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Running out of ways to put more drives in my tower. Does anyone have a better solution than this to stack them higher?

Running out of ways to put more drives in my tower. Does anyone have a better solution than this to stack them higher?

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  1. The better DIY way is Aluminum U profiles. Dunno if it’s in inches but in Europe there you can buy 30mm big u profiles with 2mm thick walls making the inner space 26mm where a HDD fits perfectly in. put it all on rubber and voila no vibrations. Have made a fileserver that way. Still running after building it more than 7 years ago.

  2. 60TB, ZFS with three mirrored vdevs, and a DIY DAS from DataHoarder

    I bought an empty server chassis that still had the SAS backplane and I hooked it up to my PC

  3. Used two of these metal rails cut to size from homedepot:



    Had to drill out some of the spacers but i had 8 drives stacked in a gutted Optiplex 3020. I used rubber spacers on the inside to help with vibrations.

  4. Buy 5.25 to 3.5 covert thingy (forgot what they are called)

  5. I bought a barebones tower that housed 9 5.25″ bays. Then bought three 5×3.5″ hot swap caddy backplanes to fit in it, each with fan & ducting for cooling. Then added a used 900W power supply and synchronizer linked to my server. I then ran external SAS/SATA cables to a PCIe slot cover that had external to internal sas cable converter. Then routed all those to the backplanes. For about $500 I had a 15 drive hot swap chassis to handle any 3.5″ drives I wanted to add. They were all driven off extra channels on my hardware RAID controllers.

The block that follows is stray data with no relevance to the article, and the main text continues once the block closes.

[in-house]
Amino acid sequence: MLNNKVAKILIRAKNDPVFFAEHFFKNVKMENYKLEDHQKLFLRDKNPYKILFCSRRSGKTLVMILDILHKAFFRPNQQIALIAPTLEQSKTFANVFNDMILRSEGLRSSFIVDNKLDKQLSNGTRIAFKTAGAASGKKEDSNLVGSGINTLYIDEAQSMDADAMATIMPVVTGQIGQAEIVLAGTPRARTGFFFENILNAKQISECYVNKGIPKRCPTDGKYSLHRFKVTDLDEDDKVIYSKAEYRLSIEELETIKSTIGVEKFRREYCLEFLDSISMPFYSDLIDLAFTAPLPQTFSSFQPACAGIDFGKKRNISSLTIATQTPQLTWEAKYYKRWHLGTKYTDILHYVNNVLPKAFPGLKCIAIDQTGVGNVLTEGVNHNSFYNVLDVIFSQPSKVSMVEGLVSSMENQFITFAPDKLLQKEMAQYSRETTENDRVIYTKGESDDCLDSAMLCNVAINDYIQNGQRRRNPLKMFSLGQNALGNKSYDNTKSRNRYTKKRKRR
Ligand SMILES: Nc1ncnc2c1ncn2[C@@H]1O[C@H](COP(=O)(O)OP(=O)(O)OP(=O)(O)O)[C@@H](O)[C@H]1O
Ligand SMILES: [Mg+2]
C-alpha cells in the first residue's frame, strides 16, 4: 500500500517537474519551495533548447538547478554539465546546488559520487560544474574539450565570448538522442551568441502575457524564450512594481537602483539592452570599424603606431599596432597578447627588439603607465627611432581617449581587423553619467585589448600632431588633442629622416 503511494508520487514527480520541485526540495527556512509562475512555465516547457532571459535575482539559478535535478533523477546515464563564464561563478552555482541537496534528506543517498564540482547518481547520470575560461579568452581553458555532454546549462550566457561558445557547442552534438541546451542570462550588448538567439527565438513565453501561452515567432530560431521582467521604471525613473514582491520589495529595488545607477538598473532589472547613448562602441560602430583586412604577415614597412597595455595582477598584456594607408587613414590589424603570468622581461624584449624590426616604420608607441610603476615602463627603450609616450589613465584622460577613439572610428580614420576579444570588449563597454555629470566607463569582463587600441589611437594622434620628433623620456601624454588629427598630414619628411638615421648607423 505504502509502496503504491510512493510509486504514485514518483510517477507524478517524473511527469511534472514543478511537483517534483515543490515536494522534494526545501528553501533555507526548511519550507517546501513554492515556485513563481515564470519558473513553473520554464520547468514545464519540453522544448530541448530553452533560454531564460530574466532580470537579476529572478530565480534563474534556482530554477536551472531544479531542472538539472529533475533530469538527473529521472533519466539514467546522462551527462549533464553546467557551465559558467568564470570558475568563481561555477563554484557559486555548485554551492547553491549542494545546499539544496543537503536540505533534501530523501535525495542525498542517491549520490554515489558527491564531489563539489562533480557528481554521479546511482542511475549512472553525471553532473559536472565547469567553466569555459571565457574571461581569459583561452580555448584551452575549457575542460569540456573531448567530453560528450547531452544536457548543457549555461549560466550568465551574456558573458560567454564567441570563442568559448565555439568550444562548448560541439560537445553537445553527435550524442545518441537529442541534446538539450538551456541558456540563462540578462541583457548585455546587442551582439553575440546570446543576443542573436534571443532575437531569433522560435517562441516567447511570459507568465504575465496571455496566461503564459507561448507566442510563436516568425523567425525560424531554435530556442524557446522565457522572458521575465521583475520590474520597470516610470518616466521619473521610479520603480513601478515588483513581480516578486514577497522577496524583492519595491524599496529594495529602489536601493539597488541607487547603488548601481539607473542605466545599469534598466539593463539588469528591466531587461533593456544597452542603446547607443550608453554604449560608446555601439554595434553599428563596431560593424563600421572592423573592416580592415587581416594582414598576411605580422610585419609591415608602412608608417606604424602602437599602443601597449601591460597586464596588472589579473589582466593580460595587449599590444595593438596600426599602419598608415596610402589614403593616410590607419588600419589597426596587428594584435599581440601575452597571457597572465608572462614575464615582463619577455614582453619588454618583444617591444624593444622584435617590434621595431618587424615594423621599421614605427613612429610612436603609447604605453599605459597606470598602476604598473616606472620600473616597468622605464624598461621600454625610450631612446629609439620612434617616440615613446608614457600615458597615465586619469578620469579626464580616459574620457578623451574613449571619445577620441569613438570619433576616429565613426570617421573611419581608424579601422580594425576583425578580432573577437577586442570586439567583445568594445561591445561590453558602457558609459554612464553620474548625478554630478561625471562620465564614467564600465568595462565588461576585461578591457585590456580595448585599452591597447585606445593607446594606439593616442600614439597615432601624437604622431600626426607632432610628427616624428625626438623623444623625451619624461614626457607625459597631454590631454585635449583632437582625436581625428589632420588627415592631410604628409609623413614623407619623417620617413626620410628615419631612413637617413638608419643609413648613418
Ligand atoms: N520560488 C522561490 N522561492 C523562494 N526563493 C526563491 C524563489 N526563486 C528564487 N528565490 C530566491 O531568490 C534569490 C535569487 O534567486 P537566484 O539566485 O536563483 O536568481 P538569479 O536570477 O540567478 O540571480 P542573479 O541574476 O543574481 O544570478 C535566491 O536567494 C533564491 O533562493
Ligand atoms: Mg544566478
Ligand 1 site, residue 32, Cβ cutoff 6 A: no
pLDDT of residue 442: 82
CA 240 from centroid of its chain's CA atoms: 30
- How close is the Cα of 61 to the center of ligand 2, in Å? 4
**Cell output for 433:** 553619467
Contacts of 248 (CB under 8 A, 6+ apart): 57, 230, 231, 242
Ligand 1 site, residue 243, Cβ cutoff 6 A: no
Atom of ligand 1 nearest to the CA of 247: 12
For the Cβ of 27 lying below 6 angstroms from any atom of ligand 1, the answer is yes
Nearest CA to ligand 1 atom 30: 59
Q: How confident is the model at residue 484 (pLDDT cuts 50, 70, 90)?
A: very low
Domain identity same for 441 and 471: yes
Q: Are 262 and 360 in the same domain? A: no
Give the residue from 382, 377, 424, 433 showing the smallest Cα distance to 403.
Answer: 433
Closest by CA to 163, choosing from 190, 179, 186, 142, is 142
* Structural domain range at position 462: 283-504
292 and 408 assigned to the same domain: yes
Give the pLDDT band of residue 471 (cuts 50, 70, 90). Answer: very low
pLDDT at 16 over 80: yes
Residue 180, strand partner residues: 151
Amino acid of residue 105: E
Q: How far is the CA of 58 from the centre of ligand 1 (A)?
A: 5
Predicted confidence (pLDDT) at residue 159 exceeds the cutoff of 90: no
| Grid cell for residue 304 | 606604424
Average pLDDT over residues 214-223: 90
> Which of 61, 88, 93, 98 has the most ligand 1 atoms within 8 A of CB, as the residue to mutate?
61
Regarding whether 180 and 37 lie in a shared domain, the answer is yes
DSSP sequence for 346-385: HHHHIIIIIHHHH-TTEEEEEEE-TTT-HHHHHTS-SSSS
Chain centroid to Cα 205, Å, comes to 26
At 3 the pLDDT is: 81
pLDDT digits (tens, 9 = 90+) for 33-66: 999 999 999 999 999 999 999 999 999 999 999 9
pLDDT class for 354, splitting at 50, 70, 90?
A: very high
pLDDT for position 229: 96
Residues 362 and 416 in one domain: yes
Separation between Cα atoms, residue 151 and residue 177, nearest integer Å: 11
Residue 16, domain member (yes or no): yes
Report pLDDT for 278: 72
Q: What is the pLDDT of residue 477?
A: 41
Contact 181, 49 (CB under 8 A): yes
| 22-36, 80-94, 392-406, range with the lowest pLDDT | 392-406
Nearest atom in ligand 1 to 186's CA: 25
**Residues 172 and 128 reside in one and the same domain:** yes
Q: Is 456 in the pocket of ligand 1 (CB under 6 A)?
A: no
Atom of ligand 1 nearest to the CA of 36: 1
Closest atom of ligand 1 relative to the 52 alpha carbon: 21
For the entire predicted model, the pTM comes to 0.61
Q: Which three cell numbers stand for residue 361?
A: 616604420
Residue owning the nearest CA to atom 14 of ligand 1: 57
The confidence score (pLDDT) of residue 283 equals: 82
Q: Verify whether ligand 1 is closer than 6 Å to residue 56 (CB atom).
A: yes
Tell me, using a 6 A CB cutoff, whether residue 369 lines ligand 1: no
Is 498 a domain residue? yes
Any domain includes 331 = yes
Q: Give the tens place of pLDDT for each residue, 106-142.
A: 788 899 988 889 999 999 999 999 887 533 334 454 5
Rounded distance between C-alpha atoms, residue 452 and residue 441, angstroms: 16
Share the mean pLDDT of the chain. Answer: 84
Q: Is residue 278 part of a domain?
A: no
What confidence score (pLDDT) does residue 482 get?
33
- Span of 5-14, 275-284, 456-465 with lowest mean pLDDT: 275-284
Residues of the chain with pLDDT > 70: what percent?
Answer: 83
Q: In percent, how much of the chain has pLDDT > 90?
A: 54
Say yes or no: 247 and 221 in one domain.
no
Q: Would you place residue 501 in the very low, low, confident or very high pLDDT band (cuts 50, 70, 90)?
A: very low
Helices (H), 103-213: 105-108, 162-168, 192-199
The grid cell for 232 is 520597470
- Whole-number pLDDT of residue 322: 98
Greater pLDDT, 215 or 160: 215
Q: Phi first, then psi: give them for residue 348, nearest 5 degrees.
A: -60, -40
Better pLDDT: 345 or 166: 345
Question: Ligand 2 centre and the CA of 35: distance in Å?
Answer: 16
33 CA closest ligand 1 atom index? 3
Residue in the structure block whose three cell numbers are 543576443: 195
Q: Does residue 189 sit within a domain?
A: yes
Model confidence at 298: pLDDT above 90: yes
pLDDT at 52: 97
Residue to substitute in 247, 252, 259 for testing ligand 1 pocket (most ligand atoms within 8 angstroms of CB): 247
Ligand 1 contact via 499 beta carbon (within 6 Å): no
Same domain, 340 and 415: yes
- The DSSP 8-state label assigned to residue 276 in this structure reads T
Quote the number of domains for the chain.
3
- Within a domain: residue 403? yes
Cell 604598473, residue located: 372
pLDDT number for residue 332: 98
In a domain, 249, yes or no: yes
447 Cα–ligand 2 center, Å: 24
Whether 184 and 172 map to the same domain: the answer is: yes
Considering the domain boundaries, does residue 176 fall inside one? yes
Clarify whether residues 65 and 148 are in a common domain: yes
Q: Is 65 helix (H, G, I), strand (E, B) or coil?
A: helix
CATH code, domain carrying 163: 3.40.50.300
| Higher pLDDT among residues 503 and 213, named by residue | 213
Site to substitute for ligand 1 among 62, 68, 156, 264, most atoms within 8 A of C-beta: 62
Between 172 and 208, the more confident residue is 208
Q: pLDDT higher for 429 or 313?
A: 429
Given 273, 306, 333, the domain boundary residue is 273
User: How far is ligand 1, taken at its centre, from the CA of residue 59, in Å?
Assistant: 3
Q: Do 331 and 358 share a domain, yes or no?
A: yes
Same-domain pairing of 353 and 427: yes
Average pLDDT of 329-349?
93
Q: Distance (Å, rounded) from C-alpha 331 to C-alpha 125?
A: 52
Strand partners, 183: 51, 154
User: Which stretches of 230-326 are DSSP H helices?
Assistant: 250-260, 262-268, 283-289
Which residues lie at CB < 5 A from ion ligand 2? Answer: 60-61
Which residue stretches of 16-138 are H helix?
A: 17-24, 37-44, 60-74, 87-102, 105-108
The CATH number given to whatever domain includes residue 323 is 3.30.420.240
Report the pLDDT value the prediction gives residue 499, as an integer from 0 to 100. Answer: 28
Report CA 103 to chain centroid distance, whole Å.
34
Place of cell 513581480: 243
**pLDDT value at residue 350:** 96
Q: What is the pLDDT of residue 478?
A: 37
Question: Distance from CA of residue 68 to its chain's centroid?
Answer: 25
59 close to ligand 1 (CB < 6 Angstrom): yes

6. you could connect to them OUTSIDE your tower.

  7. New case? Fractal Meshify 2 XL can support up to 18x 3.5″ bays & 5x 2.5″ SSDs.

  8. Move to a used supermicro chassis. You’ll be set for ages.

  9. The solution would be to buy an actual chassis that supports your use case and stop clownin around

  10. I bought 6 of these (12 bays): https://www.amazon.com/gp/product/B07GY2B3WP Put them all together and used cable ties to mount them in my case. Worked surprisingly well and is pretty clean.

  11. Idk how attached you are to you actual case but if you’d consider changing cases, there are double sized cases (usually called “cubes” or something?) That can fit basically two full ATX systems. Your system on one side, wall of drives in the other side. Wham, you have more real estate.

  12. I use these [Phanteks stackable brackets](https://www.amazon.com/Phanteks-Stackable-Bracket-Cases-PH-HDDKT_03/dp/B07GY2B3WP) that can be clipped together for upward of four drives. I then add a Noctua fan with zip ties to keep each stack cool, and rest them on top of [anti-vibration pads](https://www.amazon.com/Diversitech-MP4-V-Anti-Vibration-Pack/dp/B00BVEMLR4). It’s a bit messy, but I’ve been able to fit another 8-12 drives inside my case this way.

    The other option would be to look at a DAS (direct attached storage) chassis connected via a SAS card with an external port.